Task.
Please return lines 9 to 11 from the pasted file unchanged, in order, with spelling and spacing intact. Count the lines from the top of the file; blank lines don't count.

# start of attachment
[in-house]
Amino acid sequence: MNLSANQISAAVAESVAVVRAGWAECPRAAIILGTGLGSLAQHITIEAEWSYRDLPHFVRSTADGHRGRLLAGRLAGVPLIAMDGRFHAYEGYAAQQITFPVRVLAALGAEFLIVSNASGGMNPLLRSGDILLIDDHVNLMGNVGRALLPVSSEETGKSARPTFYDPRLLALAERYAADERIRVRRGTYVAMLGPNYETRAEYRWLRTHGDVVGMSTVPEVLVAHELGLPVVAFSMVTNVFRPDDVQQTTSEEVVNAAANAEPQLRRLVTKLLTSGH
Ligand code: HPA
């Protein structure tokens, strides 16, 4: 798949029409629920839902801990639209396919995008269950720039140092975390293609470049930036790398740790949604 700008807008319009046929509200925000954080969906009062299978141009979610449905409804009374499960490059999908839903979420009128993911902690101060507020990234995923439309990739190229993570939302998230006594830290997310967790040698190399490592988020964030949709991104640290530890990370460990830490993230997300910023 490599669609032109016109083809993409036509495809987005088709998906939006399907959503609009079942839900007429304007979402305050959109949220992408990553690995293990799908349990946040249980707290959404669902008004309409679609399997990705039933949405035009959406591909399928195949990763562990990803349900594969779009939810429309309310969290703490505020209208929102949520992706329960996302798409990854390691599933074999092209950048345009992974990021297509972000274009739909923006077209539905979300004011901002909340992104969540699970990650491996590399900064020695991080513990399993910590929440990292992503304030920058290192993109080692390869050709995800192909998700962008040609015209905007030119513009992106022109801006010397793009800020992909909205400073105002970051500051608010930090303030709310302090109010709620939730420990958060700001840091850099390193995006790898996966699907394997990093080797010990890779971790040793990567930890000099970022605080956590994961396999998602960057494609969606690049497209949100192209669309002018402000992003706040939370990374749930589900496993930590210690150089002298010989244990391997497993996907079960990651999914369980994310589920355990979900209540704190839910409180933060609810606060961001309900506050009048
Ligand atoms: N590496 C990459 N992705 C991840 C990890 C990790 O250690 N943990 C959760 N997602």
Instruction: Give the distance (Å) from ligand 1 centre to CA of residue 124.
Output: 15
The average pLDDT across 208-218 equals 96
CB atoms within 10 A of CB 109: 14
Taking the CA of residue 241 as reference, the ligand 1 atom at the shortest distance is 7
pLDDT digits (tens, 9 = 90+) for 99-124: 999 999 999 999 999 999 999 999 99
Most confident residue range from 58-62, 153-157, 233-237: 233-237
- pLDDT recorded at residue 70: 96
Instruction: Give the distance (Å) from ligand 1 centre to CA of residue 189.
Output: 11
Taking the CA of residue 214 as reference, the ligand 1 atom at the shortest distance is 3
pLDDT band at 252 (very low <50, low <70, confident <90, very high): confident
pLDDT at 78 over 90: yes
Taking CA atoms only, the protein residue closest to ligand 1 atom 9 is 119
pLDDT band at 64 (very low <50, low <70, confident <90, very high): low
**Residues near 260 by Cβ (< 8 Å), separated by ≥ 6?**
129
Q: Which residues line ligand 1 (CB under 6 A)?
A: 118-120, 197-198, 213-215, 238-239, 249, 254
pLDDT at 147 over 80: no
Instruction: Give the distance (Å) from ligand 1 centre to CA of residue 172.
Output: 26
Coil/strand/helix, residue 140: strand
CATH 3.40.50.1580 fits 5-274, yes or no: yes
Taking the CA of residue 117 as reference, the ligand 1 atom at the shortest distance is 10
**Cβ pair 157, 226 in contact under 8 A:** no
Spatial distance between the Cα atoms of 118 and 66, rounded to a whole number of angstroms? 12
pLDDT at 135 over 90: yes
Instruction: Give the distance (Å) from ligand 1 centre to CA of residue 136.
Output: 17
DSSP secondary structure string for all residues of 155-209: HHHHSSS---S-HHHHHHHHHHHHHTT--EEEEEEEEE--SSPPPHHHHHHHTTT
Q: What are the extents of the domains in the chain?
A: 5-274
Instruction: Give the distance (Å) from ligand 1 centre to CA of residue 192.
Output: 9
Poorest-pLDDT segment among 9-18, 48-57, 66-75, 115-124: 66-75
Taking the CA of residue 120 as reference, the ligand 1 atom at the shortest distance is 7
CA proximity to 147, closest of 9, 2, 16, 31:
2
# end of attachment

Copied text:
CB atoms within 10 A of CB 109: 14
Taking the CA of residue 241 as reference, the ligand 1 atom at the shortest distance is 7
pLDDT digits (tens, 9 = 90+) for 99-124: 999 999 999 999 999 999 999 999 99